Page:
26th Jan 2015
The scam artists are relentless — advising seniors to take out reverse mortgages in order to buy equity indexed annuities. The pitches are fairly predictable — promises of high returns, flexibility on accessing cash value, and safety. For years I have been studying and litigating over annuity, but looking at the print-out and closing statement on the recently sold residence of an 84 year old Floridian was a new one for me. In fact, I was shocked at how little equity remained in his home given the net check he received when he deeded over his property. It was clear that the senior did not understand the loan and frankly I could not be of much help in analyzing the mortgage lien. But what I could see was that he had probably been taken on the reverse mortgage and was about to be taken again on the purchase of an annuity. First of all, the proceeds he received from selling his home made no sense in light of the short duration of the reverse mortgage. And second, he was about to take the proceeds, move in with his daughter, and purchase an equity indexed annuity with a punitive deferral provision well buried in the policy mumbo-jumbo. Had it not been for the intervention of his daughter, there would have been a financial disaster of the type I have so often seen in Florida.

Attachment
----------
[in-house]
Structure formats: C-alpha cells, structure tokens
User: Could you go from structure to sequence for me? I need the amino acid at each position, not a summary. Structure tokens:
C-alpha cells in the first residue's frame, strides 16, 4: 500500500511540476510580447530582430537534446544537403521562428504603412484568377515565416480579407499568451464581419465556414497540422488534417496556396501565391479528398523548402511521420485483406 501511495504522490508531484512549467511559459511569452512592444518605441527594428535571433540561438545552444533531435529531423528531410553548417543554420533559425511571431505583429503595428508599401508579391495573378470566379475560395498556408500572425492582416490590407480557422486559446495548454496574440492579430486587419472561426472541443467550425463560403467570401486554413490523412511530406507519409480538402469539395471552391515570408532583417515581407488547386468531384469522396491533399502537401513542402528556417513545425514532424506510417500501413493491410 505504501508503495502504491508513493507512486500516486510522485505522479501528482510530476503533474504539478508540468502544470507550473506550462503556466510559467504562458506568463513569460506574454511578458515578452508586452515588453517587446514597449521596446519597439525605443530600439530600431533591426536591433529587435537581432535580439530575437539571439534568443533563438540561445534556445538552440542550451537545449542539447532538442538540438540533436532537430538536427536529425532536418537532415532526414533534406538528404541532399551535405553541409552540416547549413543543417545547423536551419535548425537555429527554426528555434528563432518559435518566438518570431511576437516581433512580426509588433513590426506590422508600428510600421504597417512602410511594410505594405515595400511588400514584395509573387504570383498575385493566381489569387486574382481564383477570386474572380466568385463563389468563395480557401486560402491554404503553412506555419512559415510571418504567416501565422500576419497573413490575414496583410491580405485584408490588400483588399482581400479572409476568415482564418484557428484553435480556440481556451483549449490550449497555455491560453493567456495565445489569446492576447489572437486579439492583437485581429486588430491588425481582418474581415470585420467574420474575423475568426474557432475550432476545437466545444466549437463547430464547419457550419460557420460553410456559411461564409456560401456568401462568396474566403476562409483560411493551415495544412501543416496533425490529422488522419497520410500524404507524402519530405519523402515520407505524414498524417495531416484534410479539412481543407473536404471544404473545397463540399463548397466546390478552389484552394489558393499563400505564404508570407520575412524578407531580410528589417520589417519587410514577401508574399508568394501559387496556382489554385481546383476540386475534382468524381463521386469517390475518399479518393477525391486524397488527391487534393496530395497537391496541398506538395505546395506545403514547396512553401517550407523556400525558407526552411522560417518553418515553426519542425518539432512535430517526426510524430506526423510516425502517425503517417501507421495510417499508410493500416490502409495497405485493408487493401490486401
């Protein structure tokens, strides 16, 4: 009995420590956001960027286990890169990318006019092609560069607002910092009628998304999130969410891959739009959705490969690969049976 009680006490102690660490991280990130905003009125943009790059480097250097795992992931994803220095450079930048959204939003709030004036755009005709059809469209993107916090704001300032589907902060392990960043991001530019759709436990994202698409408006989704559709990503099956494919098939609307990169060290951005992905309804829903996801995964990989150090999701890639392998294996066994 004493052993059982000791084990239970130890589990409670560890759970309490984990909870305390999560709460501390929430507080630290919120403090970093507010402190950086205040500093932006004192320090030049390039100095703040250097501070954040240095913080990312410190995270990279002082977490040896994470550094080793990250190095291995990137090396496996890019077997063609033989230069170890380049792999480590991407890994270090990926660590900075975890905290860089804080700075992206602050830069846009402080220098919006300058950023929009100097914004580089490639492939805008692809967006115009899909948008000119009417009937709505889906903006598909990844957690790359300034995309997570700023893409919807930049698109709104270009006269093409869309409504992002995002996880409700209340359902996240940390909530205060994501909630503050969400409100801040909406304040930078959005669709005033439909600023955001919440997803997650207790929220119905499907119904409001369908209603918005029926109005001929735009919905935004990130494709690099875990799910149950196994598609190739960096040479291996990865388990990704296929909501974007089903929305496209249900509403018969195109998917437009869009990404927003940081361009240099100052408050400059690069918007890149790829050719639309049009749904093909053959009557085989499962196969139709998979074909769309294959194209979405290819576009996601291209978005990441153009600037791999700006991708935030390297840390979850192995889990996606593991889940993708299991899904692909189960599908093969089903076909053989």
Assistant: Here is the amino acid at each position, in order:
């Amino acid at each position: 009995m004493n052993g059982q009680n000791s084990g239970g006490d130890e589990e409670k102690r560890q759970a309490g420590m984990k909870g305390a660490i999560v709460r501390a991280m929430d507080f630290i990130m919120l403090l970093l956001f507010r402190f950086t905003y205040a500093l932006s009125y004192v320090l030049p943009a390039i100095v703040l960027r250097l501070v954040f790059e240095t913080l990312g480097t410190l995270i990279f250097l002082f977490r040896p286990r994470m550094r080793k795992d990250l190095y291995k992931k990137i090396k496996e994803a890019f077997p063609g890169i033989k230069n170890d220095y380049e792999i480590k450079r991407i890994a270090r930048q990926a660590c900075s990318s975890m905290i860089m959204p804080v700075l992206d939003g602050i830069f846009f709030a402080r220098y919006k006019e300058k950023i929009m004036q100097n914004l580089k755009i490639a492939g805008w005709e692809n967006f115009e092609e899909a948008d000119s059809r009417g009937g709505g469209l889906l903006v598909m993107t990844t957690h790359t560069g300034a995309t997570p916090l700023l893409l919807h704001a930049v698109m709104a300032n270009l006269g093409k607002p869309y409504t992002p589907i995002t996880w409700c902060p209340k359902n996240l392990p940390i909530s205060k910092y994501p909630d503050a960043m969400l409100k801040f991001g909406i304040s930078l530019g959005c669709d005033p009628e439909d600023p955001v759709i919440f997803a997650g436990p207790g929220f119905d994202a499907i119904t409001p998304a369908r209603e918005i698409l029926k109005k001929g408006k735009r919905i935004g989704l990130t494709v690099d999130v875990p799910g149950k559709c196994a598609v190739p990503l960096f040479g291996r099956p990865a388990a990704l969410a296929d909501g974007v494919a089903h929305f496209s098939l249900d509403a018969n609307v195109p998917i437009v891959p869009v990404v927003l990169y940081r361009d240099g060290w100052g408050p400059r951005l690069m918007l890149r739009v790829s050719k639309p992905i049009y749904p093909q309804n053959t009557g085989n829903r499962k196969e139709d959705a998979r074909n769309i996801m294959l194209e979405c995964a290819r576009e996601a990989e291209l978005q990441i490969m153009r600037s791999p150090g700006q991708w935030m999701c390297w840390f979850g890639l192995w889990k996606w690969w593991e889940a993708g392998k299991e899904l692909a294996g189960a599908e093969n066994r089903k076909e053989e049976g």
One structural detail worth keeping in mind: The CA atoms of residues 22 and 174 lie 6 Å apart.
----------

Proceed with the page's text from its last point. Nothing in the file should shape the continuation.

My quick advice: If you are, or think that you are, a candidate for a reverse mortgage, do your research and seek out a reputable lender. Avoid high pressure sales tactics and run away quickly from promises of “free money.” And most importantly, do not buy an equity indexed annuity.